1.4 SDK Reference

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Welcome to the ReSharper SDK! The SDK has been designed to make ReSharper plug-in development and testing easy and enjoyable.

What’s in the SDK

The following list describes all the items that are installed as part of the ReSharper SDK. Let’s start with the items installed into the ReSharper SDK folder.

  • Bin — this folder contains all of ReSharper’s assemblies, including assemblies that ReSharper relies on. In addition, this folder contains the PDBs for the ReSharper’s assemblies, as well as the full ReSharper test infrastructure.
  • Samples — this folder contains a sample implementation of a ReSharper plug-in, complete with corresponding tests.

In addition to the SDK folders, ReSharper also installs Visual Studio templates for quickly creating projects or individual plug-in items. These items are typically installed into Visual Studio’s own \ItemTemplates and \ProjectTemplates folders.

There’s just one more thing that gets installed: the target files for ReSharper plug-ins and corresponding test projects. Both exist under your <ProgramFiles>\MSBuild directory. These files are used by the project template to quickly add references to all ReSharper assemblies to your project.

Getting Started

To get a feel for the way in which plug-ins are developed, open up the sample project in the Samples folder. This project illustrates the following ReSharper features:

  • A code cleanup module
  • A context action
  • A daemon stage
  • An element problem analyzer
  • A quick-fix

Of course, the SDK itself is not limited to just these items: there are many more available.

Once you’ve familiarized yourself with the sample project, go ahead and create one of your own! The project templates for ReSharper plug-ins are available for both Visual Basic and Visual C#. Corresponding test project templates are also available.

Hint: ReSharper plug-in development is a lot easier if you use the tools such as the Psi Viewer which are available in ReSharper’s Internal Mode. To enable Internal Mode, edit Visual Studio’s shortcut, adding the string /ReSharper.Internal to the end. Restart Visual Studio to see an additional Internal menu under the ReSharper top-level menu.

Manually Creating Projects

In some cases, you might not want to use a project template – for example, if you already have a plug-in project for ReSharper 5 and you want it to convert it to ReSharper 6. In this case, simply unload the corresponding project and edit it manually. Add the following lines to the end of the project file:

  • For a plug-in project, add the following line:
    <Import Project="$(MSBuildExtensionsPath)\JetBrains\ReSharper.SDK\v6.0\Plugin.Targets" />
  • For a plug-in test project, add the following line:
    <Import Project="$(MSBuildExtensionsPath)\JetBrains\ReSharper.SDK\v6.0\Plugin.Tests.Targets" />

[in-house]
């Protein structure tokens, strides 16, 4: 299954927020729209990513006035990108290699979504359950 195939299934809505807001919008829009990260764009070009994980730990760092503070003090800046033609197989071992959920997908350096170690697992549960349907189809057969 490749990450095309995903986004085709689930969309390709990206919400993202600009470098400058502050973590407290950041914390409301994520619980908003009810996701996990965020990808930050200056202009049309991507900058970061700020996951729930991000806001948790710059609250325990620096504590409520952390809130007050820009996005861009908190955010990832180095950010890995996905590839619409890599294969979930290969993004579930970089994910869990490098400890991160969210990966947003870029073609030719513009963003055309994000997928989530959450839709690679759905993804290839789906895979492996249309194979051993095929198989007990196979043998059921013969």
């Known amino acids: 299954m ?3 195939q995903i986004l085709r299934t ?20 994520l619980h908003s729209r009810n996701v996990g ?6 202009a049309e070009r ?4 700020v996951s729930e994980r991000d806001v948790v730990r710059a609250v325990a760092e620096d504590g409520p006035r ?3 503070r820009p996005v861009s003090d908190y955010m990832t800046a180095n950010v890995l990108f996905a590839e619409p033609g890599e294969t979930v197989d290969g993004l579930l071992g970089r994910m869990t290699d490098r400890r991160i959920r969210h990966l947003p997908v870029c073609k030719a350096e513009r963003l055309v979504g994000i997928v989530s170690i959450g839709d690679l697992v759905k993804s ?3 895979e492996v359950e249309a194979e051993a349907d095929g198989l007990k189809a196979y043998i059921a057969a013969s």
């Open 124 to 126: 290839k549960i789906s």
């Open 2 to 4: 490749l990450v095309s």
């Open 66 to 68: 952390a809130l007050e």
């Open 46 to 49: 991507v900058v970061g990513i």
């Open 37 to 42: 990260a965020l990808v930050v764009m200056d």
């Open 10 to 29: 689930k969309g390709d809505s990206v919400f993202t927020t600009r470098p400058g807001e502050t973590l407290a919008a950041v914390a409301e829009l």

Reload the project for the targets to take affect.

Important note: it is highly recommended that you remove all existing project references before adding one of these targets file. Visual Studio is very sensitive to duplicated references and is likely to freeze if those occur.

Debugging Your Project

When you generate a Plug-in project using a wizard, the project is set to automatically run in a Debug version of Visual Studio. Please note that the project will run in the main hive. If you want to specify a debugging configuration manually, simply set Visual Studio (devenv.exe) as the debug target. In the parameter string, you will need to specify the key /ReSharper.Plugin "full_path_to_your_plugin", providing the full path to the location of your plug-in (if you have several plug-ins, you can specify a folder here instead).

Testing Your Project

ReSharper contains project templates to create test projects. Test projects differ from plug-in projects in that they reference a different target file, which in turn references the assemblies related to ReSharper’s test infrastructure.

ReSharper’s tests follow a ‘convention over configuration’ approach. The following assumptions are made:

  • Tests are kept in a folder relative to the folder where the compiled test assembly resides. This location can be specified individually in different fixtures, but the default assumption is that, if the solution files (i.e., the .sln file itself as well as the corresponding projects) are kept in an \src folder, then the tests are kept in a nearby \test folder.
  • Tests which require the ‘before’ and ‘after’ states are always named such that, if the initial state is named SomeName.cs, the final expected state is always named SomeName.gold.

Test files also support control identifiers. For example, to indicate the placement of the caret, one can use the caret indentifier right in the input/gold files.

Important note: in order for tests to run, the version of the SDK must be stricly less than the version of ReSharper that you have installed. This is a technical limitation that will be overcome in future versions of the SDK.

Where to Get Help

If you are interested in learning more about plug-in development, the first place you should check out is the ReSharper Plugin Development Confluence area. This area covers a large number of topics.

In addition, you might want to look at more in-depth sample projects that have been written for ReSharper. To do that, take a look at wither the ReSharper PowerToys, or some of the ReSharper Plugins (most of them are open-source).

Finally, if you have a problem, don’t hesitate to contact us – we are always happy to help! You can write a comment under one of the Confluence pages, write an SDK-related feature requires in our YouTrack tracker, tweet us @jetbrains or leave a message at the ReSharper Discussion Forums. The choice is yours!

Develop with Pleasure!
The ReSharper Team